Tuesday, May 15, 2018

Eastern Shore Journal: Royal Oak

Royal Oak Commiunity United Methodist Church (photograph by Hallie Cohen)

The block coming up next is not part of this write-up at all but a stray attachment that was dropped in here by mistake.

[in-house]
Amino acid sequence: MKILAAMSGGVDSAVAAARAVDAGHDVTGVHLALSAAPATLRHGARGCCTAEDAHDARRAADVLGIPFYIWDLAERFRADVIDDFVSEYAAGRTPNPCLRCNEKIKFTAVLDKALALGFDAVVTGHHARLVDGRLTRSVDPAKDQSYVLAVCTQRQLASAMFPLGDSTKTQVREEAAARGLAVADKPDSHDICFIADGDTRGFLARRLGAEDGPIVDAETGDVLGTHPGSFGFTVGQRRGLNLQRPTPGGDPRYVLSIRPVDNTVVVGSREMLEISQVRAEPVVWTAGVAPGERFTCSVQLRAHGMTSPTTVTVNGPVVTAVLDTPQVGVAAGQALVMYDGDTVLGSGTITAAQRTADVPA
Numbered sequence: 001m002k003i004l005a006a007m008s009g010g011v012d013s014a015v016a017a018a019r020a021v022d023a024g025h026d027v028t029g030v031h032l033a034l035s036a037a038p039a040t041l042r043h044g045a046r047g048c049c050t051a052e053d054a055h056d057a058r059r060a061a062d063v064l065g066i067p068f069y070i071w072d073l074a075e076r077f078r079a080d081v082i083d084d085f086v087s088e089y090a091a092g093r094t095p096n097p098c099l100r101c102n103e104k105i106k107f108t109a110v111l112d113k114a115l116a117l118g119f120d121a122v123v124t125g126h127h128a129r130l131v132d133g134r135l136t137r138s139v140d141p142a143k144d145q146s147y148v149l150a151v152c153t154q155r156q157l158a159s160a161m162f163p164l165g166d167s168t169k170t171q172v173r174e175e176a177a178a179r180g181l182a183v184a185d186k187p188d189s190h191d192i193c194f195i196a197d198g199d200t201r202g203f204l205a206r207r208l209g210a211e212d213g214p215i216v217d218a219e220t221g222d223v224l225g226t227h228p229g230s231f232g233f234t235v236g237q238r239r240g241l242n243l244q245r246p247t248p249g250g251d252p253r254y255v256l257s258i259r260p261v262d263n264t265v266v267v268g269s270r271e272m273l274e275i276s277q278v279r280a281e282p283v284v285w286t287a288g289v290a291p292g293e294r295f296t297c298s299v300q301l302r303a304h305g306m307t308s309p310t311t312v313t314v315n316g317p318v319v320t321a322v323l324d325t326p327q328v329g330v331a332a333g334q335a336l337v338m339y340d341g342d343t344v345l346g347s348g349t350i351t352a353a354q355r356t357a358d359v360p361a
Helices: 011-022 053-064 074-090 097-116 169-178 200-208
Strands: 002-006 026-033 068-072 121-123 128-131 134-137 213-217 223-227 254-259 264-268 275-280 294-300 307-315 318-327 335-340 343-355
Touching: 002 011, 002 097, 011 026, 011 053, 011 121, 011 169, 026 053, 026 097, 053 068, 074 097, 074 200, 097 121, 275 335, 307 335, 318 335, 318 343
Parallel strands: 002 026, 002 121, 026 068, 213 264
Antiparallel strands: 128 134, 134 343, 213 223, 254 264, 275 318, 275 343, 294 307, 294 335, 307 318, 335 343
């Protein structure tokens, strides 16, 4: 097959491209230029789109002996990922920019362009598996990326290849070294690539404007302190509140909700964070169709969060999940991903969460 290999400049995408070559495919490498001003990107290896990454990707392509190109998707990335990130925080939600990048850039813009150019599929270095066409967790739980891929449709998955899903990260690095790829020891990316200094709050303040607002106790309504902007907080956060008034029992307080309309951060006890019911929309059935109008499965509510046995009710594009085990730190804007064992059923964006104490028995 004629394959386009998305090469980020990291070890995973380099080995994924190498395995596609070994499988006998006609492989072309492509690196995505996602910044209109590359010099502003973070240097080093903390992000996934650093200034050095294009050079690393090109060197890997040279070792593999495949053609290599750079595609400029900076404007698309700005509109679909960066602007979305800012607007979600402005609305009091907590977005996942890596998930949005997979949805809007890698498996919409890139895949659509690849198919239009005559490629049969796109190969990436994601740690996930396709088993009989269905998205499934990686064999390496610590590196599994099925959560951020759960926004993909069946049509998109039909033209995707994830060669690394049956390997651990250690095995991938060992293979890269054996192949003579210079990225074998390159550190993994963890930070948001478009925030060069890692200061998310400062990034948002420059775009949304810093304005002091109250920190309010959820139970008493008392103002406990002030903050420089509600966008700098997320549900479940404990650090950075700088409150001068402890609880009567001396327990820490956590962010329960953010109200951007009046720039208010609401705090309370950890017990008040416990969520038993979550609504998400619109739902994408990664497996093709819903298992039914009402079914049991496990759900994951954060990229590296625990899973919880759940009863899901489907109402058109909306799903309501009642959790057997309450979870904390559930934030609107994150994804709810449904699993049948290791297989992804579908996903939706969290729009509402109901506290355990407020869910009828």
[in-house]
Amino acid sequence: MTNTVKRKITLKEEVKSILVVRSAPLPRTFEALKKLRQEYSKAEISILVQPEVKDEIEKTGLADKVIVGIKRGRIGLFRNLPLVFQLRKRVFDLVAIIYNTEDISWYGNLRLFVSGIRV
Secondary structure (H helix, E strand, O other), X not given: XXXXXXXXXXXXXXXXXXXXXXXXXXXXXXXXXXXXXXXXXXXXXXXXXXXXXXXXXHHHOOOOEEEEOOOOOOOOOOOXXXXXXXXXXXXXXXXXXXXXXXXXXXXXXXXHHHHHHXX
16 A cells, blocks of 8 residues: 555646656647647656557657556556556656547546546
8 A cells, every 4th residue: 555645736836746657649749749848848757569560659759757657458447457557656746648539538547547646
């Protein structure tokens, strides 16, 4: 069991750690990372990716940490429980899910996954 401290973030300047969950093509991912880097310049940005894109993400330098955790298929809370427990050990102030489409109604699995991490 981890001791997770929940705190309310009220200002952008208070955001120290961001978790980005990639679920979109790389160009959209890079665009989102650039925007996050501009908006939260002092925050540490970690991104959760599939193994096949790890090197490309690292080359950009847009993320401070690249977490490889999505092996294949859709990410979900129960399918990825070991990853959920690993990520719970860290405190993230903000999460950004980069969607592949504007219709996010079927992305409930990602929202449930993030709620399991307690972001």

Harriet Taubman and Frederic Douglas both urged Lincoln to allow blacks to serve in the Union Army and a small plaque now stands in front of a roadside cemetery in the town of Unionville where 18 Talbot Country slaves and free blacks are buried. The area has a liberal history and feeling that’s more humorously communicated in a street sign which advertises Love’s Folly Road. In Royal Oak, a hamlet which might be termed a suburb of St Michaels stands the clapboard wood United Methodist Church in front of which is a beached boat reflecting another aspect of the local heritage, the maritime history which infuses practically every element of everyday life. The church for all its modesty still manages to sport stained glass windows that almost have a tromp l’oeil effect; they hardly seem to soar and look more like a fading painting that's both sublime and wistful at the same time. But the weathered structure is a landmark that indelibly captures much of the feeling of this area of the Chesapeake Bay region, a mixture of the spiritual and the arcane, in which the old co-exists but is rarely obliged to give way to the new. Tolerance is perhaps the best way to describe the enchanting landscape where growth and preservation go hand in hand and age doesn’t automatically lead to obsolescence.

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